Sensing the World Anew Through Other Species

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Ed Yong’s new book, “An Immense World,” urges readers to break outside their “sensory bubble” to consider the unique ways that dogs, dolphins, mice and other animals experience their surroundings.

“I’ve often said that my beat is everything that is or was once alive, which covers billions of species, across basically the entirety of the planet’s history,” Yong says on this week’s podcast. “One thing I like about this particular topic — the sensory worlds of other animals — is that it, itself, though a singular, cohesive topic, is also the gateway to thousands of small wonders. There’s so much to learn about just in this one corner of biology.”

Terry Alford visits the podcast to talk about his new book, “In the Houses of Their Dead,” an investigation of how Abraham Lincoln, John Wilkes Booth and their families were influenced by spiritualism.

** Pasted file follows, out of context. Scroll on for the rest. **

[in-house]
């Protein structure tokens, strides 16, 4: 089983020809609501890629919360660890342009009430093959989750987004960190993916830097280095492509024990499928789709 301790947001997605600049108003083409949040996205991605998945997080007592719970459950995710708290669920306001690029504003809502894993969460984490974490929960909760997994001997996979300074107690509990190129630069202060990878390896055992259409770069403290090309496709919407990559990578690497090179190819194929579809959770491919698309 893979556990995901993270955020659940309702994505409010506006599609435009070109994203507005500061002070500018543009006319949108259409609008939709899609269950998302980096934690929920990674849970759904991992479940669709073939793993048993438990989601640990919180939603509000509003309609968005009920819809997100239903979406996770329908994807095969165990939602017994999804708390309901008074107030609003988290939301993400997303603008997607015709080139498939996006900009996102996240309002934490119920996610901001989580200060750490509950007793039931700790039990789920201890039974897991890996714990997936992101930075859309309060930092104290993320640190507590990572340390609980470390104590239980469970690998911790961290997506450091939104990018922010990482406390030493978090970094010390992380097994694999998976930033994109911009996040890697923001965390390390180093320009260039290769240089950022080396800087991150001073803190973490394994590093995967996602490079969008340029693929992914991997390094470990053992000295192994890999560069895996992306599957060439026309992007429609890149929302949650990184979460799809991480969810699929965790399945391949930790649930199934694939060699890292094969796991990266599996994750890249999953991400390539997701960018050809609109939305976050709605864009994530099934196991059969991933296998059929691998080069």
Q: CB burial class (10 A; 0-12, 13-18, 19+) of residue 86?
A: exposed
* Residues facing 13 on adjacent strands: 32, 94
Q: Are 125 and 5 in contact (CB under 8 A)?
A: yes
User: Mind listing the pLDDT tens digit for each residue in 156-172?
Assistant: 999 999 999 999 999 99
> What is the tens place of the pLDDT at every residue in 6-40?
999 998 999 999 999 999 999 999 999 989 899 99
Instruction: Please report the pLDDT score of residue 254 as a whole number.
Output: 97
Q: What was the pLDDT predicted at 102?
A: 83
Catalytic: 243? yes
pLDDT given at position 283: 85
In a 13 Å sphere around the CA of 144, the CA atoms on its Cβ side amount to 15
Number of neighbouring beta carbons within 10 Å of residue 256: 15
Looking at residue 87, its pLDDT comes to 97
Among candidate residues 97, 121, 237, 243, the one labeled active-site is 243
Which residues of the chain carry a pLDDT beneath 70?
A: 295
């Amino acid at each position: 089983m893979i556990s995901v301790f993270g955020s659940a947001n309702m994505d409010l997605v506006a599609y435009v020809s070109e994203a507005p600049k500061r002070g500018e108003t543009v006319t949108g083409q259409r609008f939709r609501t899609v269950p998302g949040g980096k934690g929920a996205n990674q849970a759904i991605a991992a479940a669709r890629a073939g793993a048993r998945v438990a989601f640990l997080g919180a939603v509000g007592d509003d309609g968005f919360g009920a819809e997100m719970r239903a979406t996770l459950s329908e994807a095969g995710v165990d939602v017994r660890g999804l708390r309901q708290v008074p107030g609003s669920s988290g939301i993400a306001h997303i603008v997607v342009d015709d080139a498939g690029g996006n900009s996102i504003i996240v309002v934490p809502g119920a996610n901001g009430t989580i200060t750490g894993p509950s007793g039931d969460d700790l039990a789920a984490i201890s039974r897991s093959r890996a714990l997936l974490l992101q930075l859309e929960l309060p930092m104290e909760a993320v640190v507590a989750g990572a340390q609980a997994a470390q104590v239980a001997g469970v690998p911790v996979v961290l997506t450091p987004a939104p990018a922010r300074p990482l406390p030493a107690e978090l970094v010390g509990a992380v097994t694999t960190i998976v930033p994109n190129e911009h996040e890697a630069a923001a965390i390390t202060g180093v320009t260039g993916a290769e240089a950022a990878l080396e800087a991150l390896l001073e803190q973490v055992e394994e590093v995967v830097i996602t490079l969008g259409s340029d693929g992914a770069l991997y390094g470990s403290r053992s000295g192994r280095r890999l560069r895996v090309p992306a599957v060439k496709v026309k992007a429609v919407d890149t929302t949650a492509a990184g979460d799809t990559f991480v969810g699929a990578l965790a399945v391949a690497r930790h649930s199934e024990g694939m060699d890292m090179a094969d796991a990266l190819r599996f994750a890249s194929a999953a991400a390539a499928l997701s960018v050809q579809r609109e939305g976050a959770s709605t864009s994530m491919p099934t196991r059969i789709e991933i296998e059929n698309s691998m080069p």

Alford says of Lincoln: “There’s a struggle, as best I see it, in him between the rational side and the side that desires to be comforted and to be in contact with someone you loved who’s not there anymore. He really wanted that, and he said he wanted that to a number of people. But he just felt, at the end of the day, that séance-type contact with the dead was really delusional.”

Also on this week’s episode, Lauren Christensen and Joumana Khatib talk about what they’ve been reading. John Williams is the host.

Here are the books discussed in this week’s “What We’re Reading”:

  • “The Secret History” by Donna Tartt

  • “Blood Orange Night” by Melissa Bond

  • “The Hack” by Wilfrid Sheed

We would love to hear your thoughts about this episode, and about the Book Review’s podcast in general. You can send them to [email protected].

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